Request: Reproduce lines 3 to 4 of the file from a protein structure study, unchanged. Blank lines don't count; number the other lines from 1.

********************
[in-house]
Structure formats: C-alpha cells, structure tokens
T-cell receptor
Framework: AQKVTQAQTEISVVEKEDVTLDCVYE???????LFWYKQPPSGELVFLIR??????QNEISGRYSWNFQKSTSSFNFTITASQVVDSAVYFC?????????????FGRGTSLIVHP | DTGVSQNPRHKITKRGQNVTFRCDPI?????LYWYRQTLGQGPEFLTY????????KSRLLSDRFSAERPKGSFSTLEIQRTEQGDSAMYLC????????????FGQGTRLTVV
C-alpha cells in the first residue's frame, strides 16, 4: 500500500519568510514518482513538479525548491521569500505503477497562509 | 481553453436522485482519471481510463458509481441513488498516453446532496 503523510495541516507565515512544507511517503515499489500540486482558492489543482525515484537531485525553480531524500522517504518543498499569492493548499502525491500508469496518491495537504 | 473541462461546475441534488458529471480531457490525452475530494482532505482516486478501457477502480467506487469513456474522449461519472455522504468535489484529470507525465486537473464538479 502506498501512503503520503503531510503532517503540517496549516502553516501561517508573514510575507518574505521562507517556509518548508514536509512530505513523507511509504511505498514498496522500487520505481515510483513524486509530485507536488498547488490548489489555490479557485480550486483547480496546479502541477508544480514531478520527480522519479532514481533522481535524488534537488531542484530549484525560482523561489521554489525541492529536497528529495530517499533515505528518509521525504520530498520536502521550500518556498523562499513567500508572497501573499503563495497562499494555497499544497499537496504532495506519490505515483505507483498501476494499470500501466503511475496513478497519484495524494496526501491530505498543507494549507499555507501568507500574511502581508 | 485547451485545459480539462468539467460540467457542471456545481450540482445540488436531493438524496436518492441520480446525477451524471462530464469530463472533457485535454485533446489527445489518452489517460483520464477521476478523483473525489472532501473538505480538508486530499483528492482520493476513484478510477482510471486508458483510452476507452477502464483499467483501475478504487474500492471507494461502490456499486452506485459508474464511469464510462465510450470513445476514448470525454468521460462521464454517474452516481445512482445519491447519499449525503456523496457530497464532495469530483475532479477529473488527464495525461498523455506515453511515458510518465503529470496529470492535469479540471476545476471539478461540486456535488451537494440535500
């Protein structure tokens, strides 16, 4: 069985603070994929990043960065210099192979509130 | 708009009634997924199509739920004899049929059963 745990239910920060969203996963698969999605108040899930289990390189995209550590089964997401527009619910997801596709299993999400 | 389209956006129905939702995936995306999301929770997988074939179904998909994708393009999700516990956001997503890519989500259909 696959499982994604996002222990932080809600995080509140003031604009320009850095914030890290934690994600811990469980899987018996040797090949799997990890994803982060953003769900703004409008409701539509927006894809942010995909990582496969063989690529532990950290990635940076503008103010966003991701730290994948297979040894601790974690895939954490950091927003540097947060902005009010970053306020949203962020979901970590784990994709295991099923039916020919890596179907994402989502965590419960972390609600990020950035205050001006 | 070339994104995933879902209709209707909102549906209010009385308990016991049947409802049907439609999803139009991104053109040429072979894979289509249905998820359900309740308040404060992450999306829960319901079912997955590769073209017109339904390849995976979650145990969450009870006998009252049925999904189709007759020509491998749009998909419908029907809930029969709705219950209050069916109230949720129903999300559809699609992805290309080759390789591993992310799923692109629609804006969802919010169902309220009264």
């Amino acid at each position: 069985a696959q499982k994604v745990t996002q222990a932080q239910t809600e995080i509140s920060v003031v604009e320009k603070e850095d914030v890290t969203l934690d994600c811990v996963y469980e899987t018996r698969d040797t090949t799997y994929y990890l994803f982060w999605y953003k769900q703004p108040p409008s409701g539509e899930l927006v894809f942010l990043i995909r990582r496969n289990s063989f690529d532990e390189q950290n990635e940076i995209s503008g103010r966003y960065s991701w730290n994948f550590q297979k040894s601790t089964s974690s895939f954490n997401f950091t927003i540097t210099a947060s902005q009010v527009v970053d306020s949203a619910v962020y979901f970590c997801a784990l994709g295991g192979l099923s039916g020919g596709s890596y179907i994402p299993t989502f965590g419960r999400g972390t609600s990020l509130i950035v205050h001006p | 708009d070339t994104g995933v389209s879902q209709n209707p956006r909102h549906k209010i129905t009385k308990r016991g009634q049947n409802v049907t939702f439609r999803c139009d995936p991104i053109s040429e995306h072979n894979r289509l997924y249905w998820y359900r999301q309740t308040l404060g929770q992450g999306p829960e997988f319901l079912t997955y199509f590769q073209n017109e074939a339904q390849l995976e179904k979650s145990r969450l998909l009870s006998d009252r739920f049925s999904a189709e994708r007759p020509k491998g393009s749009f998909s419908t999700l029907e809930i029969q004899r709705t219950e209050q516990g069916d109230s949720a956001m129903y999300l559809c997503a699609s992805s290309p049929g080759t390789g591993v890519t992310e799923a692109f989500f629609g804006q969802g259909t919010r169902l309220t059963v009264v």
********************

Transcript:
T-cell receptor
Framework: AQKVTQAQTEISVVEKEDVTLDCVYE???????LFWYKQPPSGELVFLIR??????QNEISGRYSWNFQKSTSSFNFTITASQVVDSAVYFC?????????????FGRGTSLIVHP | DTGVSQNPRHKITKRGQNVTFRCDPI?????LYWYRQTLGQGPEFLTY????????KSRLLSDRFSAERPKGSFSTLEIQRTEQGDSAMYLC????????????FGQGTRLTVV